I’m fortunate to have worked as a journalist in 50 states, Cuba, Africa, Europe, Central America, and South America. Originally strictly a photojournalist, I’ve photographed news, sports, and political figures throughout my career. I’ve been a staff photographer for United Press International wire service and under contract for Reuters News Agency and the former Sigma Magazine Agency.
Now returning to my roots in writing and photographing, I am exclusively a travel journalist. Returning to writing, I am fully enjoying documenting events, places, and cultures through words and photography. I’ve just signed contracts with GettyImages/iStock and with Shutterstock.
1. What got you into travel writing?
It was natural for me to get into travel writing because it fulfills three things that I like doing; traveling, taking pictures, and sharing my experiences. I’ve always been curious about other places and cultures. This gives me chances to see those myself and share with those who cannot go themselves but are curious about the places I’m fortunate to visit. Then there are readers who are looking for a place to visit and explore. My stories and photos help readers research what they might want to do, where to stay, etc.
2. What’s the most challenging part of being a travel journalist for you?
I find it challenging to limit myself to a set number of words in a story. I like it when I explore places and I want to share everything that I see or do. After a trip, I talk non-stop about it to my friends. Oftentimes, I’ll go home after those conversations and put it all on paper. Then I l put together what I want to include in the article. After that, I choose from my photos.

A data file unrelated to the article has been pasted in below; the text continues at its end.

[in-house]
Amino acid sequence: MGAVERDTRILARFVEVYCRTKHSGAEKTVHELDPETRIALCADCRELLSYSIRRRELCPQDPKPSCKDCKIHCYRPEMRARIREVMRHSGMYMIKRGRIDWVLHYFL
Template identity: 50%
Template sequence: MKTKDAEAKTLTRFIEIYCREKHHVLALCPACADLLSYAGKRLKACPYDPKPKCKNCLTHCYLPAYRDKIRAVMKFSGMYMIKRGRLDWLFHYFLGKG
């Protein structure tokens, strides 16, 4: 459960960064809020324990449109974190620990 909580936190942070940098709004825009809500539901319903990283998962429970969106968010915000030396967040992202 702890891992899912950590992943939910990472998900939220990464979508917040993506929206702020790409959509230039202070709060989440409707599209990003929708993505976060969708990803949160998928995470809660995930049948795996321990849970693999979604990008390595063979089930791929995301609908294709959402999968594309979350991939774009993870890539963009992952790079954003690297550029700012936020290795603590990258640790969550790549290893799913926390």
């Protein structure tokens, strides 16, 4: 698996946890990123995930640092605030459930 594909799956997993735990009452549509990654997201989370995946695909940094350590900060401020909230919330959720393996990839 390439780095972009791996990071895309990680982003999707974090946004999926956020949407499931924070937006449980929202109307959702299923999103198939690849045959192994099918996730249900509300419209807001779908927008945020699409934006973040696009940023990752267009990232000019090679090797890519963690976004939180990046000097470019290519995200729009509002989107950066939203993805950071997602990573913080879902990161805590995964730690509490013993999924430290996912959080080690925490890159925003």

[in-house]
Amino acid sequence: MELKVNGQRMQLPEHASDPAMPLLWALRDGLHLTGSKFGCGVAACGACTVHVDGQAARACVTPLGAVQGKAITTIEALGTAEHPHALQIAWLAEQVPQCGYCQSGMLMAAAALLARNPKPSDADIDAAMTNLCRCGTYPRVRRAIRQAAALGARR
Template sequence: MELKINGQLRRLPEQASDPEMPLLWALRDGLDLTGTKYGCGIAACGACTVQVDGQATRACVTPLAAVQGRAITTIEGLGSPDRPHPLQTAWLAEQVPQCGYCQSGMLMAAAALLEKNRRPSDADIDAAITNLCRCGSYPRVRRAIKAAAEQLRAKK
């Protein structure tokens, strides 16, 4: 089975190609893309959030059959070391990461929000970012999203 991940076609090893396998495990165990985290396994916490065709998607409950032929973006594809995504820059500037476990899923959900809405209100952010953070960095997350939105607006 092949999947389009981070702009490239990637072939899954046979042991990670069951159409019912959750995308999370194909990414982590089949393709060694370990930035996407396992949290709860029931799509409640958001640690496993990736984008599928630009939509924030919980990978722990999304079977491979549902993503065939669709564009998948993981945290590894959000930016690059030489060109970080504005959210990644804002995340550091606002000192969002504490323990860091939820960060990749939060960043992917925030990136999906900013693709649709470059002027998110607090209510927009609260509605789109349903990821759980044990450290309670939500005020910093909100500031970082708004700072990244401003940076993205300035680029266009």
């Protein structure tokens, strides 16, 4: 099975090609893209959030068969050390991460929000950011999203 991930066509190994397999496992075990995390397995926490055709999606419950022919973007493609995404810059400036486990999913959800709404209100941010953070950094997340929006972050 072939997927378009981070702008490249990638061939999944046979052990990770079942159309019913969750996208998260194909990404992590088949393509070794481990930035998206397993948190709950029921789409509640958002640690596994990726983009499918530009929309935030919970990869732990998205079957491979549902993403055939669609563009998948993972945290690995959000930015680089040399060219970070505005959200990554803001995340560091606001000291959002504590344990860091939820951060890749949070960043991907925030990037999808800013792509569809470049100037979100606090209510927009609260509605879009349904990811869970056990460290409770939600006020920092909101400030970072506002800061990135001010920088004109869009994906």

3. What is one thing [equipment or personal item] you can’t go without on the road?
I won’t travel without a camera or two and my choice of lenses. As a photojournalist and writer, I’m choosy with the photos I submit with stories. It also makes it easier to have pictures to supplement what I write about.
4. What’s your most unusual and/or memorable travel experience?
I’ve had many memorable experiences on the road including a taxi ride in a ’57 Chevy Bel Air through the art district in Havana, Cuba. However, my most memorable experience is accompanying a mission group to a large orphanage/school complex near Kampala, Uganda. I was a bit surprised that the kids, teachers, and staff were all very happy and upbeat. They couldn’t have been any friendlier and welcomed the visitors into their family. This was a place that I wanted to stay much longer.
5. How did you learn about NATJA and why did you join?
I’m thankful to some journalist friends that I’ve worked with for telling me about NATJA. I joined because it is a good place to network. I also enjoy the magazine produced by NATJA.
6. What is the best piece of advice you could give to a rookie travel journalist?
I would advise a rookie travel journalist to give in to your curiosity and remember that readers are also curious about the places travel journalists are fortunate to visit. Ask a lot of questions on your trips to relay the answers to your readers. Also, let your feelings about a place show through; pretend that you’re the reader. Lastly, read a lot of magazines (especially about travel) and talk to experienced journalists. Ask questions. Many journalists are open to sharing thoughts and tips with a rookie.